From vine to wine — a process not to be rushed
Part of the fun with winemaking is opening a bottle in April, then tasting the same variety later in the summer and discovering it has a different taste due to the aging process.
“Sometimes you get a deeper, more rich taste,” said Jared Faltys, a Norfolk novice winemaker. “Other times, the taste will start fluttering away on you.”
Faltys said most of the varieties he produces on his estate are better if they are drunk within a year of being produced. His wines are natural, with no preservatives.
The timeline he follows usually begins with the harvesting of grapes in September. Depending on the year, at least one of his four grape varieties begins to ripen around Labor Day.
There are many steps to winemaking, but the short of it includes crushing the grapes into a must, which includes the skins with the grape.
All of the contents are put together, sealed tight and siphoned. Gravity pulls down the junk or the stuff that isn’t desired.
It takes multiple rackings or repeating the process about every 30 days in carboys. After the final racking, the wine settles for another month.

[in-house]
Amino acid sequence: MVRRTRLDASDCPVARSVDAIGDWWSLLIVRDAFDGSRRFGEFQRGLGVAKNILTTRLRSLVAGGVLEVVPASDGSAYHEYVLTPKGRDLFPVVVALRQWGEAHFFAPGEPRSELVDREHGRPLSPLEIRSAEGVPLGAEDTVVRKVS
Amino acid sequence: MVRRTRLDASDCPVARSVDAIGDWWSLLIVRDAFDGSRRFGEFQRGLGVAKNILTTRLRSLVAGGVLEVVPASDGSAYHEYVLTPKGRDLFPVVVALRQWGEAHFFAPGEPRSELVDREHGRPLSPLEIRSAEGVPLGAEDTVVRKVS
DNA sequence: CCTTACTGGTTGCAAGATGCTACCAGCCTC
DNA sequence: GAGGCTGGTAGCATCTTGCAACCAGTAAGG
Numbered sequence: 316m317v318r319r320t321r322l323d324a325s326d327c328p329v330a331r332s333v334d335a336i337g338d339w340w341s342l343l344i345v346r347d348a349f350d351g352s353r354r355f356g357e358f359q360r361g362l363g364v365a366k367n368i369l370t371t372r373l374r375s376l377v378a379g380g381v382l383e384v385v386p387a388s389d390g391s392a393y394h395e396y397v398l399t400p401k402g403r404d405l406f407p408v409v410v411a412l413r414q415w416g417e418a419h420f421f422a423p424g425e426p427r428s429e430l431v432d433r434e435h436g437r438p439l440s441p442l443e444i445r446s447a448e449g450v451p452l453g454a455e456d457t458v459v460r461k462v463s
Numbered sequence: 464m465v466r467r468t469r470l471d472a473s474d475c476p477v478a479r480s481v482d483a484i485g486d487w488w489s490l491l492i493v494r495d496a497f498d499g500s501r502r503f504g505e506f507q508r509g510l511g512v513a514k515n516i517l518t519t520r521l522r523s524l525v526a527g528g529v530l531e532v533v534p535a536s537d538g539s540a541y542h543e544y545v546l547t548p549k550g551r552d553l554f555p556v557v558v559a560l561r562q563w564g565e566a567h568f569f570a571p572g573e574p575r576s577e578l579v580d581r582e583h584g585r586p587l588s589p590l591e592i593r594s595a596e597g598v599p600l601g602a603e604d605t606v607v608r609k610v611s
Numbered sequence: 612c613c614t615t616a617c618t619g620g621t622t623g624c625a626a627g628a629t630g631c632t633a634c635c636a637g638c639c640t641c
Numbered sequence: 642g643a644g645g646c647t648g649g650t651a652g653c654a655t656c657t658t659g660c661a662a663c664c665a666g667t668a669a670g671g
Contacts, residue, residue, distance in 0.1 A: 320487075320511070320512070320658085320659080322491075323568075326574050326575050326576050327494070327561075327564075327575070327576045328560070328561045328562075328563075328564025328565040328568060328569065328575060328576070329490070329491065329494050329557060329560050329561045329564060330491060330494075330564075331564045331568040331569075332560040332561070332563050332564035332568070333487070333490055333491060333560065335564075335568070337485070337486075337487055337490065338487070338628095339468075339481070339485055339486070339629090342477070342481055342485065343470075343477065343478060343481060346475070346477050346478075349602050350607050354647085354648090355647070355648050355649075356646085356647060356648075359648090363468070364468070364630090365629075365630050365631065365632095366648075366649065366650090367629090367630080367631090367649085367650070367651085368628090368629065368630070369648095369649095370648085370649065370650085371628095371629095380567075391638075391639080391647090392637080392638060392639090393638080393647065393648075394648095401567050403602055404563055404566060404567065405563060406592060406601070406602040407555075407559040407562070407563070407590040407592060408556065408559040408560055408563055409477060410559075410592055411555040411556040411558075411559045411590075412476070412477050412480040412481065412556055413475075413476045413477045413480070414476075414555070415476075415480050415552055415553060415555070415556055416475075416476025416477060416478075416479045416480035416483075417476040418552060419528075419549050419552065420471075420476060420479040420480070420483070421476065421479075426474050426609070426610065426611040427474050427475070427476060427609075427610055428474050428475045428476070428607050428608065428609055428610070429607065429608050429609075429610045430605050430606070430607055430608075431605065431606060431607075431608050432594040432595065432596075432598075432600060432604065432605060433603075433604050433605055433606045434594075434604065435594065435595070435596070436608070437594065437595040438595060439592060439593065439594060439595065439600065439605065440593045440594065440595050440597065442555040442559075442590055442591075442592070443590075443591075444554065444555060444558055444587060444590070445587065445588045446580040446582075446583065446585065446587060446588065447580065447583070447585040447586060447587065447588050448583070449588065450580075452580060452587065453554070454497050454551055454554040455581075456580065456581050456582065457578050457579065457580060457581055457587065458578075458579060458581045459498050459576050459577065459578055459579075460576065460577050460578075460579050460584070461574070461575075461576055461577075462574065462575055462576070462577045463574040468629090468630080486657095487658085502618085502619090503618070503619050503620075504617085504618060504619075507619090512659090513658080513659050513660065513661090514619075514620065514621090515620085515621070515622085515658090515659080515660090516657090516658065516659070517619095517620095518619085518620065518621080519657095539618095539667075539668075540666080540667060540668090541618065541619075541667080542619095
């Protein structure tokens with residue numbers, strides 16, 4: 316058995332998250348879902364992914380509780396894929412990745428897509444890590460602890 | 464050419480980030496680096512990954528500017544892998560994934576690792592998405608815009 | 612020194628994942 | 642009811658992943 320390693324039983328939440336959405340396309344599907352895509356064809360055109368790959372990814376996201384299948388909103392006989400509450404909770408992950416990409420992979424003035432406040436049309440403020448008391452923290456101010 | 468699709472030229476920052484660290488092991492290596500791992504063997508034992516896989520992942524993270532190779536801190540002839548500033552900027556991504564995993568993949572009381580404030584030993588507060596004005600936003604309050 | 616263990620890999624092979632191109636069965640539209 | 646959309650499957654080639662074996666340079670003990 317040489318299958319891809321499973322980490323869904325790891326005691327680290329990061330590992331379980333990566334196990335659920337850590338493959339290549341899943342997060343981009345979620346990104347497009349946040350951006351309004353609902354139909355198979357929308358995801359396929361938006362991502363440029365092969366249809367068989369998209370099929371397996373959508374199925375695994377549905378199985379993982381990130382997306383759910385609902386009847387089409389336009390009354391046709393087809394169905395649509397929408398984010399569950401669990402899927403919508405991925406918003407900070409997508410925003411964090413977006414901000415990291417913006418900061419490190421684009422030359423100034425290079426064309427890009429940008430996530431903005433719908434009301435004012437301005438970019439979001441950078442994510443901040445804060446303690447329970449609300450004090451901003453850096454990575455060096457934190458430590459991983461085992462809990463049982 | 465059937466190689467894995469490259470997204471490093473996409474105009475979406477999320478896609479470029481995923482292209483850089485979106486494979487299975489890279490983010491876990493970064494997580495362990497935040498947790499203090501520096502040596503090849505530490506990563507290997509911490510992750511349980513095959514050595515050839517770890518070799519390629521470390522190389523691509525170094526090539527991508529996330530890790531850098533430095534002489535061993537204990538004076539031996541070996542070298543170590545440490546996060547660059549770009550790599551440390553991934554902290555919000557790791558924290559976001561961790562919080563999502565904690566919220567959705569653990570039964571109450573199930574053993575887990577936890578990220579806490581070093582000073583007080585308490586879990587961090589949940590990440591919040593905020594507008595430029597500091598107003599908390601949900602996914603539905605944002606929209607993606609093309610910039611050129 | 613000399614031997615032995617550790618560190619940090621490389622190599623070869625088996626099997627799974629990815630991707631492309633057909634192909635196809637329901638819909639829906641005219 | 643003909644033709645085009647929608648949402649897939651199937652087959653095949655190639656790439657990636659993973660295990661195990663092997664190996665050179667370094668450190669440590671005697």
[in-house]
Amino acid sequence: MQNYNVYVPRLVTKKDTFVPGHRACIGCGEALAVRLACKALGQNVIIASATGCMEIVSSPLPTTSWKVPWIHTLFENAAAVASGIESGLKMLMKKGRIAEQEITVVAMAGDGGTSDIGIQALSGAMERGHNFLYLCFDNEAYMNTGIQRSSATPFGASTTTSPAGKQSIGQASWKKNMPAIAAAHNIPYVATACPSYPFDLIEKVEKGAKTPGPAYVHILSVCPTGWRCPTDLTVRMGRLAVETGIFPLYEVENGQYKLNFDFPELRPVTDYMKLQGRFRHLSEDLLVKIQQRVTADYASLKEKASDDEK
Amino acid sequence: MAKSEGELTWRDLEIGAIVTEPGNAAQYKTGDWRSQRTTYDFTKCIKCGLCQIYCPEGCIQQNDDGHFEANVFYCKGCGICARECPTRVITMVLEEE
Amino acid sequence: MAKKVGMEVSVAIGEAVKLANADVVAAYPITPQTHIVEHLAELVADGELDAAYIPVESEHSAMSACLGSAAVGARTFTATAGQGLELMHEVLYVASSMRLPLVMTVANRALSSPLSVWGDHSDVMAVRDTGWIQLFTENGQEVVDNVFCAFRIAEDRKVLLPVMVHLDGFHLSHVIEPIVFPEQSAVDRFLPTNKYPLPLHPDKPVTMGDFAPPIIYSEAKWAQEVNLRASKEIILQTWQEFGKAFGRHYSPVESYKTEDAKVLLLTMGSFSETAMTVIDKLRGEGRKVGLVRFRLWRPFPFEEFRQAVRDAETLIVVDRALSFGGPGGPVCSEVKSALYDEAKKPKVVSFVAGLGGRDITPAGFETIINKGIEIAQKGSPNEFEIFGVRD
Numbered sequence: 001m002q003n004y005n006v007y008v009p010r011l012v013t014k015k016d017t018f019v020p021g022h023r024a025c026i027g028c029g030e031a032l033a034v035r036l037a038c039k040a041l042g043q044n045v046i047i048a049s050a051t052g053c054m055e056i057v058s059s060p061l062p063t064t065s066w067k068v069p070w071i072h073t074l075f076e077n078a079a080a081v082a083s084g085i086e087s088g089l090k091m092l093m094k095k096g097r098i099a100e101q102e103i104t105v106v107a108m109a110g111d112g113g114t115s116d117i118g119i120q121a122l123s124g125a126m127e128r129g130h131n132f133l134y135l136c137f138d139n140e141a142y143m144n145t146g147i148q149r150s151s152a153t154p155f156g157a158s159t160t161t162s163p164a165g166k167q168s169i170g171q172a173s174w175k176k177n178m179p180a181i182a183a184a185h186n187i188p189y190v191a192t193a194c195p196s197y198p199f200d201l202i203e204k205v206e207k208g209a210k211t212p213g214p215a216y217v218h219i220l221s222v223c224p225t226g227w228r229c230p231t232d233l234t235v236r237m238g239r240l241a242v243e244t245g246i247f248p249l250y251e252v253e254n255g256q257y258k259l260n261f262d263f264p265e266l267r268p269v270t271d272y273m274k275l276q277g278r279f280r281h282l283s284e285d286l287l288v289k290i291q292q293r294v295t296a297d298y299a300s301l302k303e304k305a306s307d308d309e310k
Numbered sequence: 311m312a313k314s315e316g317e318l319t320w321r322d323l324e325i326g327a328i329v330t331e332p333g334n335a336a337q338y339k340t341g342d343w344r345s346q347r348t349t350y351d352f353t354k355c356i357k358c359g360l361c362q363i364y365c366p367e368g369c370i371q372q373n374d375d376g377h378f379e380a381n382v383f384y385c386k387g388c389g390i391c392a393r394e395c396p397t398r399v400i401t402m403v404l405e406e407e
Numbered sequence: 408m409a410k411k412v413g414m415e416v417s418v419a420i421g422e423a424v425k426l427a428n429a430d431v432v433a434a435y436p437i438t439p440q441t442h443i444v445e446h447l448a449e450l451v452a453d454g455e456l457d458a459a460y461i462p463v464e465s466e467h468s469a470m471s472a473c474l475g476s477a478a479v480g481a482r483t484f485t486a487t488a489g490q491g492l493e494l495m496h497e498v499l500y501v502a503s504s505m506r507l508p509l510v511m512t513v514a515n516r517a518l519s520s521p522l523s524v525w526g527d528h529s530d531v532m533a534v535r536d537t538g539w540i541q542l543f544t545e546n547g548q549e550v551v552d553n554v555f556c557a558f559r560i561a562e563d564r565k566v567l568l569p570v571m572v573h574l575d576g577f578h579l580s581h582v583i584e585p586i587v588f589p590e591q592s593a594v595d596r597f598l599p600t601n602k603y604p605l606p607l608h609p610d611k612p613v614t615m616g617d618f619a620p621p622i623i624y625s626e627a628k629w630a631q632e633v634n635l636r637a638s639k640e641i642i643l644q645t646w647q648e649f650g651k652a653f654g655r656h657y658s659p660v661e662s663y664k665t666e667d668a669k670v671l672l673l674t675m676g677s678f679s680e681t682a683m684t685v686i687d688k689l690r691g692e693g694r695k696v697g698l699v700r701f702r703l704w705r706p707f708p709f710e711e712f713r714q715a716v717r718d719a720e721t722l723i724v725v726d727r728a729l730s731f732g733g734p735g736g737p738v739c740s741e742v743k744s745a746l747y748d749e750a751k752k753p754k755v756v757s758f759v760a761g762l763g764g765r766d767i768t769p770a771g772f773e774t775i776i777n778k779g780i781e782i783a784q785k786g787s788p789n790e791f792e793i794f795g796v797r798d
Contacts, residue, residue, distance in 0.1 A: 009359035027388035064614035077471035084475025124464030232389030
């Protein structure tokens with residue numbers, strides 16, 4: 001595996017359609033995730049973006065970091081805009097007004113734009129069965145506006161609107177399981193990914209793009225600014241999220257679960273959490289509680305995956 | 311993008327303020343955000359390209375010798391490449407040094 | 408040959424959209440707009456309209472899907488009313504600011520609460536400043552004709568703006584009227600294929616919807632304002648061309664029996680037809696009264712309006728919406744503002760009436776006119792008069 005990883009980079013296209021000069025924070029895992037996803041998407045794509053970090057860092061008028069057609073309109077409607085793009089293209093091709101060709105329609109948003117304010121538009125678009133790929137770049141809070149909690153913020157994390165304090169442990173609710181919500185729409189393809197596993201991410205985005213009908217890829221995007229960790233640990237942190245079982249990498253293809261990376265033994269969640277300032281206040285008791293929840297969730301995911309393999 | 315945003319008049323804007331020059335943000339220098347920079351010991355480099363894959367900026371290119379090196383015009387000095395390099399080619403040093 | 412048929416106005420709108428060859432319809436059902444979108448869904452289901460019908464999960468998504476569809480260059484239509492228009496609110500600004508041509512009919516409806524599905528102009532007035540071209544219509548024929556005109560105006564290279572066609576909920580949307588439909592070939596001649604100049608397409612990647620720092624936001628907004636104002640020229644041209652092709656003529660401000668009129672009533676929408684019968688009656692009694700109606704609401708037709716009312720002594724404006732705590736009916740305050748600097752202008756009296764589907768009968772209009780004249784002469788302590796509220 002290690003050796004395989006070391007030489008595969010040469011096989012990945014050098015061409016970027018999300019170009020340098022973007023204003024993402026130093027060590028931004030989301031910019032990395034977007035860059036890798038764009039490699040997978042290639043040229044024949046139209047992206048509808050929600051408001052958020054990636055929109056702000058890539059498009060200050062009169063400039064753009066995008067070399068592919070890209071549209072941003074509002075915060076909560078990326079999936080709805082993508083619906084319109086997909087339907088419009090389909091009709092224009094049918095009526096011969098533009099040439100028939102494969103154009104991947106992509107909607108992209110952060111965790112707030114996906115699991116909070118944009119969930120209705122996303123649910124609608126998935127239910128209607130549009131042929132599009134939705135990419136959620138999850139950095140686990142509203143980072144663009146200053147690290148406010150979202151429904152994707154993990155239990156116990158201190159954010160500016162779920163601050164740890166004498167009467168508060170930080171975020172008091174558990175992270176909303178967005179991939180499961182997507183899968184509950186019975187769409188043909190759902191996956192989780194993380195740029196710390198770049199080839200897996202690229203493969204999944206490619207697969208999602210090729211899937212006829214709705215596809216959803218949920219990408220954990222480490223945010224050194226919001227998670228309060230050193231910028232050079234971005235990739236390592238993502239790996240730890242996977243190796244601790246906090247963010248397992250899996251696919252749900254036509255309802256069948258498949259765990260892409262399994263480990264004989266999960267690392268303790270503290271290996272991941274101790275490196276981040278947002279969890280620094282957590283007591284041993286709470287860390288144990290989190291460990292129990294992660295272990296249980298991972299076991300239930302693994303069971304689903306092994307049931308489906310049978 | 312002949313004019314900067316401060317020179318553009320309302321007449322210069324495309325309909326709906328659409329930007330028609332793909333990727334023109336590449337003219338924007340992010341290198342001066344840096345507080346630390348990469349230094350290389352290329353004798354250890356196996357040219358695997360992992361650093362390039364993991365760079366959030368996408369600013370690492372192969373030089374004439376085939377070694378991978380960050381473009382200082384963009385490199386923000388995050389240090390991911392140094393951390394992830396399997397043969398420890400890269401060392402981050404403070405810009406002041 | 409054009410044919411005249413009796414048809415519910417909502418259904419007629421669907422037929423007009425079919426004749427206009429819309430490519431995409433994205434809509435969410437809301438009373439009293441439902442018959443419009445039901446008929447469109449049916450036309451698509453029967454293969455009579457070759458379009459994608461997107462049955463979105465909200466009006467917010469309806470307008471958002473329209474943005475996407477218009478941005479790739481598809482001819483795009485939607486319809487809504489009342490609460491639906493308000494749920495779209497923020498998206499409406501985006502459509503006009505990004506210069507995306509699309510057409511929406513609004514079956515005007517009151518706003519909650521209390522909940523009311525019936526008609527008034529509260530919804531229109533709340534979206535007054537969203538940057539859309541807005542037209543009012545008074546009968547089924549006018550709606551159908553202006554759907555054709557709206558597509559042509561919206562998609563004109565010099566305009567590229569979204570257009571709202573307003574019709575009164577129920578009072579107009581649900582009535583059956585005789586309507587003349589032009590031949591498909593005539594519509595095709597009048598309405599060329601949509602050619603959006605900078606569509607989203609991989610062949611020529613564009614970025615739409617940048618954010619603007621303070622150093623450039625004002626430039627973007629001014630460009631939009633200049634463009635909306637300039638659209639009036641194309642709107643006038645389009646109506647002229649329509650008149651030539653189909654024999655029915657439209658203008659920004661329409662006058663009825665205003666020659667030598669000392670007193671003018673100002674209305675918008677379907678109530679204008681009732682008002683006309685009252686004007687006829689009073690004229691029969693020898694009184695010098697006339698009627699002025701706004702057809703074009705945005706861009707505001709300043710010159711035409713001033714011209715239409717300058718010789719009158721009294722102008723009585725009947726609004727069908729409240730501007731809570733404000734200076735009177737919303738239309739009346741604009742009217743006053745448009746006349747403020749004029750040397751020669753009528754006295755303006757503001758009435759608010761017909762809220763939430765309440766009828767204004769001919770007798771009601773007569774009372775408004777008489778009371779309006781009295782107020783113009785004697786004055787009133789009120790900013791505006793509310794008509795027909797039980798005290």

All the sediment keeps falling down, with the liquid on top. If all goes well, about New Year’s Eve, Faltys and his family and some friends will bottle it.
There are factors a person can try to influence the wine’s taste, which mostly results from the grape and the type of year. He is just learning about ways to control acidity, one of the key items to producing a good wine.
“Sometimes it can hit you like you just drank vodka if you don’t do it right,” he said.
There is a network of wine hobbyists in Nebraska but most are in Omaha and Lincoln. Faltys said he hopes publicity about his hobby will help him get in contact with others locally so they can share information together.
The bottom line is to make what he or others like.
Wine doesn’t have to be complicated or snobbish.
“If you taste the wine and you like the wine, it’s good wine. If you taste the wine and you don’t like the wine, it must be bad wine. I guess that’s how I see it.”